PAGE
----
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Getting feedback is an essential part of becoming a better writer. In the US university system, students are expected to request feedback from their professors and mentors as their ideas evolve. We believe seeking feedback shows that a student is intellectually curious and active. Don’t wait until you feel your paper is perfect before you seek comments – It will probably never be perfect! Advisers, instructors and the Writing Center staff can help you at any stage of the writing process.
When asking for feedback, it is most useful and appropriate to provide a short background of the paper and then ask specific questions about the paper. Asking someone to “proofread” your paper might get you some type of feedback, but the more specific you can be about what you want comments on, the better the feedback will be. For example, do you have difficulties with flow? Organization? Transitions? Grammar? Something else? Think about your strengths and weaknesses. If you’re not sure where to begin, try reading the paper aloud. Where does it sound strange to you? Are there any sections or sentences that don’t seem quite right?
Listed below are some common general questions students tend to ask which usually elicit vague or poor feedback. Also listed are some examples of more helpful, more specific questions, which can direct the reader’s attention, allowing him or her to provide better feedback.
✗ General Questions
Could you give me some comments on my paper?
Can you check my grammar?
Could you proofread my paper?
Feedback on anything will be helpful!
✓ Specific Questions
Are my ideas in a useful order?
Can you follow the logic of my argument?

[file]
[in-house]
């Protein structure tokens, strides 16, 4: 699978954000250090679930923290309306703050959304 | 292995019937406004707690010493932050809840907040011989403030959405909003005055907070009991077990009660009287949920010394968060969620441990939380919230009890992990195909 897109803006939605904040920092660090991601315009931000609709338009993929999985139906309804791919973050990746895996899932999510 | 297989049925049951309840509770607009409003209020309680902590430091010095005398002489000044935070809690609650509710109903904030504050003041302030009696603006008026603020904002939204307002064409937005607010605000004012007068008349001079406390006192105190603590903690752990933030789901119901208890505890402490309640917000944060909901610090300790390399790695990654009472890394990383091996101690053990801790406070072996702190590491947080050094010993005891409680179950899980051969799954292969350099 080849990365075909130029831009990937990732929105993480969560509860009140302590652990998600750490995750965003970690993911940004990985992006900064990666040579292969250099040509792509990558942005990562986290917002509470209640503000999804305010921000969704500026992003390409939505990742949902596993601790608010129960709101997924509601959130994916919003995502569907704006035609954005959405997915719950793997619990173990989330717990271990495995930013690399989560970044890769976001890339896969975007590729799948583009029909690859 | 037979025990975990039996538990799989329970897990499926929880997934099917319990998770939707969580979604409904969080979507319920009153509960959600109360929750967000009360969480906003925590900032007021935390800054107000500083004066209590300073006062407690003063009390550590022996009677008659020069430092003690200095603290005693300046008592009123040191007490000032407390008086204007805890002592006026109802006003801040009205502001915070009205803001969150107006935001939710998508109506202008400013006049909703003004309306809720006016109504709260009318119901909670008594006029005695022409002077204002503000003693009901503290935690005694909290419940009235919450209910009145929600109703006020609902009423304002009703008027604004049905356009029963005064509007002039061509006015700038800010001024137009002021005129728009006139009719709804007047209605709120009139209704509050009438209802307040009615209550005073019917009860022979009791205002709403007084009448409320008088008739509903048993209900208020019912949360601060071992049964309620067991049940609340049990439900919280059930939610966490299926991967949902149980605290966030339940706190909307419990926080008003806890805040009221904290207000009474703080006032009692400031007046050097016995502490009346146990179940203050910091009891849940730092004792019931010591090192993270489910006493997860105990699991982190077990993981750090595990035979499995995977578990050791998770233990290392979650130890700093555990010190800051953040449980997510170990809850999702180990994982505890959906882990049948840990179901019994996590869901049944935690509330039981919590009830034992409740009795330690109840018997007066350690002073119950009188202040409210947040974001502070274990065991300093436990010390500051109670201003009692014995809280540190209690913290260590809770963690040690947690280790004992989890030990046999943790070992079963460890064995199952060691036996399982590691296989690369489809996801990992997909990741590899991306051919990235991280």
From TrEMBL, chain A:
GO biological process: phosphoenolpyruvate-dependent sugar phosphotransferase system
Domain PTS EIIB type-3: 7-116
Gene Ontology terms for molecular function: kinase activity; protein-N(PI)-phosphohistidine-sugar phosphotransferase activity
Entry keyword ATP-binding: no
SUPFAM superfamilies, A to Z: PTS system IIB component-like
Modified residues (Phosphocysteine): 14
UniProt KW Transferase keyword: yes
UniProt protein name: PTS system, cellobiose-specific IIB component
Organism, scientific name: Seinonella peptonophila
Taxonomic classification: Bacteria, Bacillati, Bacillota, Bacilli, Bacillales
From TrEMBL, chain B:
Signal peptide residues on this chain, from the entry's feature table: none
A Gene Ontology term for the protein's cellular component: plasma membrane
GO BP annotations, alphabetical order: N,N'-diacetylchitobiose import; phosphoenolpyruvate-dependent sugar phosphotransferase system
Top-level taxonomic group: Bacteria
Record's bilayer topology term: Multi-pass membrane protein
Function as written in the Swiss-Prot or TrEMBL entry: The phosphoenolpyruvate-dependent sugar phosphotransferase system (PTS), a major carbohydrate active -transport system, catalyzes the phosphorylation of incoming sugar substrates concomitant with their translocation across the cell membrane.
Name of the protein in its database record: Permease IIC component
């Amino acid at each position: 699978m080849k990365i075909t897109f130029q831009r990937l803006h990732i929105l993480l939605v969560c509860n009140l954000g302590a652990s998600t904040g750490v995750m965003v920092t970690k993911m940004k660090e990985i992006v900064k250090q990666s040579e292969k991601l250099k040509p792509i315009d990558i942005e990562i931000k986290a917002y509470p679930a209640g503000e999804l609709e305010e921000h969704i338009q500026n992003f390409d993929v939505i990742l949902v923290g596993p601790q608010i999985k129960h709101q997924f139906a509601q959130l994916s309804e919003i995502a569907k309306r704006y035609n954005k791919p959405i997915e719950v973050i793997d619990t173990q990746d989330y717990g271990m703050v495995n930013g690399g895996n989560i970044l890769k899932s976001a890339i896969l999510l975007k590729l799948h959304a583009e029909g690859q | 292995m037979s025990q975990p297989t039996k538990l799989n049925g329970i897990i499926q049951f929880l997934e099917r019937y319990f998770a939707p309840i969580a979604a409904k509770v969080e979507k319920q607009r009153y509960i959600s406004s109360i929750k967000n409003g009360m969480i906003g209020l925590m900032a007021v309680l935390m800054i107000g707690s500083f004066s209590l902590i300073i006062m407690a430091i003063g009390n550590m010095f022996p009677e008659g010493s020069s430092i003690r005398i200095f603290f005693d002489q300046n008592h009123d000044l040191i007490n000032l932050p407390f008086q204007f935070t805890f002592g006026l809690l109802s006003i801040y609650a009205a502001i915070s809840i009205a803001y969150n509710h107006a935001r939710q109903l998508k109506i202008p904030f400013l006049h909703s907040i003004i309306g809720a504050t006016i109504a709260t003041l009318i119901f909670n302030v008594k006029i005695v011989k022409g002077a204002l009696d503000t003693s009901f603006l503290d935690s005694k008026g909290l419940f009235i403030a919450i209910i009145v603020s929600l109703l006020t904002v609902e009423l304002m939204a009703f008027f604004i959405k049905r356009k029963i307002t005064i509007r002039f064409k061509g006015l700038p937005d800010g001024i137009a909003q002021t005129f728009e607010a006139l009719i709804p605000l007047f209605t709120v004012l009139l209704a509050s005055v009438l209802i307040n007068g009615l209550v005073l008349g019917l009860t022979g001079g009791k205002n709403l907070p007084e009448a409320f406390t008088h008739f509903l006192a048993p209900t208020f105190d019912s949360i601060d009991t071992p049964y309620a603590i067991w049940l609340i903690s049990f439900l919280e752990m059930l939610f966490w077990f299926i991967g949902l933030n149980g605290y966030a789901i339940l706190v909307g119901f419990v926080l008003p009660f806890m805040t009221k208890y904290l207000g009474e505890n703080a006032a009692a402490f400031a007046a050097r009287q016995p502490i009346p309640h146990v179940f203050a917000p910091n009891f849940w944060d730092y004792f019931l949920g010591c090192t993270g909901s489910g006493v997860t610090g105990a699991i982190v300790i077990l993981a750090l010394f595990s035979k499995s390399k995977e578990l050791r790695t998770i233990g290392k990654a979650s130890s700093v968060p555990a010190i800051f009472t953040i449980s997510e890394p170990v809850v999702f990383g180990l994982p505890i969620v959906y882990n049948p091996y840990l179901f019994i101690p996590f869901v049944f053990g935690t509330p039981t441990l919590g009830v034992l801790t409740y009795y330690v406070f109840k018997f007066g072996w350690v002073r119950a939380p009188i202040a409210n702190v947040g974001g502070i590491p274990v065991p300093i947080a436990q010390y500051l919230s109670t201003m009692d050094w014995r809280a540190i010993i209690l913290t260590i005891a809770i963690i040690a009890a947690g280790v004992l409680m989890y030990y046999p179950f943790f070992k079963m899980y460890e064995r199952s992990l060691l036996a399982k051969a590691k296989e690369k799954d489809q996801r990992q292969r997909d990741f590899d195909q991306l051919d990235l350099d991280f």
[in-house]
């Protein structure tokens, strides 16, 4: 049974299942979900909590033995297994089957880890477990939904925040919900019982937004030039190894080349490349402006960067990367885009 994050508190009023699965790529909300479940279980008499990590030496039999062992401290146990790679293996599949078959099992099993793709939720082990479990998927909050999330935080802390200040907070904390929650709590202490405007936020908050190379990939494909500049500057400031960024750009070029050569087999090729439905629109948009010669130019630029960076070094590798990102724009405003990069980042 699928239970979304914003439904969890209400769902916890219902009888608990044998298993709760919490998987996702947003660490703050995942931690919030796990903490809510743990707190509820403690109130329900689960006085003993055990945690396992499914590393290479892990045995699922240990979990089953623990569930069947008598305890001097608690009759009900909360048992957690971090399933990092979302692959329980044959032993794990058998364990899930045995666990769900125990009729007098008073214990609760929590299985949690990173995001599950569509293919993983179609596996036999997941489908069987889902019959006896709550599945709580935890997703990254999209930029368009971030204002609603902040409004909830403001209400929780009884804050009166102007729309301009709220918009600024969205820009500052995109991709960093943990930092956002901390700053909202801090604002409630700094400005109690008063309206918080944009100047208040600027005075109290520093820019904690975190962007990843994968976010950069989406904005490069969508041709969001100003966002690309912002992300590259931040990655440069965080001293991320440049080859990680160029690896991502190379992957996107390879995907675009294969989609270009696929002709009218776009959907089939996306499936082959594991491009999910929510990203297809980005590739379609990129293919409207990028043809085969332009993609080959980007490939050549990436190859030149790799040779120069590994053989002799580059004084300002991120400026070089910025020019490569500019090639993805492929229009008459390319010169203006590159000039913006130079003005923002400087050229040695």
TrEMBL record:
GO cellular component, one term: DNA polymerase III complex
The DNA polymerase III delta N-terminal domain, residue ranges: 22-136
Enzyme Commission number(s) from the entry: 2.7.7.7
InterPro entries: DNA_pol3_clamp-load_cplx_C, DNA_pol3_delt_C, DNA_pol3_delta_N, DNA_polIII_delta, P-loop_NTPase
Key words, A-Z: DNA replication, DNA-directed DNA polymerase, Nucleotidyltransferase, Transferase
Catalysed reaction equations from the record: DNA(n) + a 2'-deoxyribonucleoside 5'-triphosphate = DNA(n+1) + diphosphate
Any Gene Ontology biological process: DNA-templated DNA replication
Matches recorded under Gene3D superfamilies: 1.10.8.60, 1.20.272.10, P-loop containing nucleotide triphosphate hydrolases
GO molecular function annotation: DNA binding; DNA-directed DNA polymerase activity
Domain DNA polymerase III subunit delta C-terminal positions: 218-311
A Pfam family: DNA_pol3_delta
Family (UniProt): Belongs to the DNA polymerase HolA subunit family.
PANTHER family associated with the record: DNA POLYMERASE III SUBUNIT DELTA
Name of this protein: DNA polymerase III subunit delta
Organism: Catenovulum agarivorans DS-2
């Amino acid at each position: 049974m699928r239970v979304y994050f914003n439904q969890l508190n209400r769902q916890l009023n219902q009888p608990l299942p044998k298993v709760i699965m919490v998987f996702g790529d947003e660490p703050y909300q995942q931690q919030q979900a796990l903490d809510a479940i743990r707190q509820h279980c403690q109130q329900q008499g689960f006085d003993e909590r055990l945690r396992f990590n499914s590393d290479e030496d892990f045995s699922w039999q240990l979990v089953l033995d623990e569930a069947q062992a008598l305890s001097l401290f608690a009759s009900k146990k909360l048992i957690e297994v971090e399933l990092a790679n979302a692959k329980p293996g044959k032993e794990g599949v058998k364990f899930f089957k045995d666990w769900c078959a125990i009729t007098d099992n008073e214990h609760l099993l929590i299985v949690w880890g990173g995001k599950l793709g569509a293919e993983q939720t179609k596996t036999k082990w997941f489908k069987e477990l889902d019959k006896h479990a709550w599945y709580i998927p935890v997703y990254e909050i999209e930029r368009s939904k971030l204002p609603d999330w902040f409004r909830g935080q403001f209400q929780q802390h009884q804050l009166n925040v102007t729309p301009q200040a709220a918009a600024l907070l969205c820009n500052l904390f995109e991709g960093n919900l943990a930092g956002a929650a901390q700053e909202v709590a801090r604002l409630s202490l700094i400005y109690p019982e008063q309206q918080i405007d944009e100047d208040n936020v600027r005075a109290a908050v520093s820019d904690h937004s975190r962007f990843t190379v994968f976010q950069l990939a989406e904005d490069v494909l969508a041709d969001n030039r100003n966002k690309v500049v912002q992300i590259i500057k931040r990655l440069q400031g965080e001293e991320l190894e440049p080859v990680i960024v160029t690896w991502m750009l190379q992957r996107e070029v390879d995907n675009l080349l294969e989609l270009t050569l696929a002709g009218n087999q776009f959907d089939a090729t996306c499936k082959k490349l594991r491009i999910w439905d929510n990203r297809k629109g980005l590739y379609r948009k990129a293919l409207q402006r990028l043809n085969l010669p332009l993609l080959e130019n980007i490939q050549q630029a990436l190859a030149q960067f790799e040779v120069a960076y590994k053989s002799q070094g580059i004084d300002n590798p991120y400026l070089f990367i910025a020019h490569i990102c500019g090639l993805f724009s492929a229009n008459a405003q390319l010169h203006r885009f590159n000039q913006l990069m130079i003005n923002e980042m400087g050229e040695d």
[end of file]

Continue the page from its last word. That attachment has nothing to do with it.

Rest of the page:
Are my transitions clear?
Does the third paragraph make sense?
Choosing the correct preposition can be difficult for me. Can you make sure I’m using them correctly?
I’m confused about which verb tense to use in the Methods section.
I’ve noticed that I sometimes make agreement errors with nouns and verbs. Can you go over this with me?
Receiving a paper covered in comments, questions and red ink can be discouraging. But it shouldn’t be! Feedback is not a critique of you and should not be taken personally. Providing feedback is a common way for advisers to propel students forward, challenging their ideas and making them think harder and more carefully. When you receive feedback from a professor, thoughtfully consider each comment. If you do not understand something, discuss it with your professor. A request for clarification is seen as an opportunity for learning and is not considered rude at all. The following request is a reasonable and polite way to ask for clarification:
“On page 7, you wrote X. I don’t quite understand what you mean by this. Could we make an appointment to discuss it?”
For much more information on requesting and using feedback, please see the Writing Center’s main handout on this topic.
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